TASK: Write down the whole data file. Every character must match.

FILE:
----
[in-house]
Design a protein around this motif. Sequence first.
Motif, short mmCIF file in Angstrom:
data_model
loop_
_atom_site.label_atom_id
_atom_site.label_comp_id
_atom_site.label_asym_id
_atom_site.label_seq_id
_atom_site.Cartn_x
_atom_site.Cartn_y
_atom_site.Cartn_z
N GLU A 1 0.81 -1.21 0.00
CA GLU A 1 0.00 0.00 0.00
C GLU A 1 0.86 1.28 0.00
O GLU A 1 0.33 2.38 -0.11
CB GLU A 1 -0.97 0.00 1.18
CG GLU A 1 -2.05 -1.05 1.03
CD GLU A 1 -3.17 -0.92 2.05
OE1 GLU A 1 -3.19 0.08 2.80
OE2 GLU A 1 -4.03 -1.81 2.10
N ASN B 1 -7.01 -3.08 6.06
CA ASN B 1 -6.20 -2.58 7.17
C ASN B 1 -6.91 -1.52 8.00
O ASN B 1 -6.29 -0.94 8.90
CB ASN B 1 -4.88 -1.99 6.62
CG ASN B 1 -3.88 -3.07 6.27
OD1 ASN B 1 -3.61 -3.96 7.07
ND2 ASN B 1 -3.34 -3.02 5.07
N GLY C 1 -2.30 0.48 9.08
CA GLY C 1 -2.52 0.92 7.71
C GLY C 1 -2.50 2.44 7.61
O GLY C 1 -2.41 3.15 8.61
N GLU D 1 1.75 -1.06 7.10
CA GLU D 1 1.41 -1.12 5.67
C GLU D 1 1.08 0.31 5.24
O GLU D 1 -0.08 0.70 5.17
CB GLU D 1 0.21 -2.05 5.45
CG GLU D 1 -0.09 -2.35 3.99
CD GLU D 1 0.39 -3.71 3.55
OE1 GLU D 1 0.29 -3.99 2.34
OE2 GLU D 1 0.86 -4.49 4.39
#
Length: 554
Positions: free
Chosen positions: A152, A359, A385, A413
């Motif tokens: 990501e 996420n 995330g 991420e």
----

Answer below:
[in-house]
Design a protein around this motif. Sequence first.
Motif, short mmCIF file in Angstrom:
data_model
loop_
_atom_site.label_atom_id
_atom_site.label_comp_id
_atom_site.label_asym_id
_atom_site.label_seq_id
_atom_site.Cartn_x
_atom_site.Cartn_y
_atom_site.Cartn_z
N GLU A 1 0.81 -1.21 0.00
CA GLU A 1 0.00 0.00 0.00
C GLU A 1 0.86 1.28 0.00
O GLU A 1 0.33 2.38 -0.11
CB GLU A 1 -0.97 0.00 1.18
CG GLU A 1 -2.05 -1.05 1.03
CD GLU A 1 -3.17 -0.92 2.05
OE1 GLU A 1 -3.19 0.08 2.80
OE2 GLU A 1 -4.03 -1.81 2.10
N ASN B 1 -7.01 -3.08 6.06
CA ASN B 1 -6.20 -2.58 7.17
C ASN B 1 -6.91 -1.52 8.00
O ASN B 1 -6.29 -0.94 8.90
CB ASN B 1 -4.88 -1.99 6.62
CG ASN B 1 -3.88 -3.07 6.27
OD1 ASN B 1 -3.61 -3.96 7.07
ND2 ASN B 1 -3.34 -3.02 5.07
N GLY C 1 -2.30 0.48 9.08
CA GLY C 1 -2.52 0.92 7.71
C GLY C 1 -2.50 2.44 7.61
O GLY C 1 -2.41 3.15 8.61
N GLU D 1 1.75 -1.06 7.10
CA GLU D 1 1.41 -1.12 5.67
C GLU D 1 1.08 0.31 5.24
O GLU D 1 -0.08 0.70 5.17
CB GLU D 1 0.21 -2.05 5.45
CG GLU D 1 -0.09 -2.35 3.99
CD GLU D 1 0.39 -3.71 3.55
OE1 GLU D 1 0.29 -3.99 2.34
OE2 GLU D 1 0.86 -4.49 4.39
#
Length: 554
Positions: free
Chosen positions: A152, A359, A385, A413
């Motif tokens: 990501e 996420n 995330g 991420e």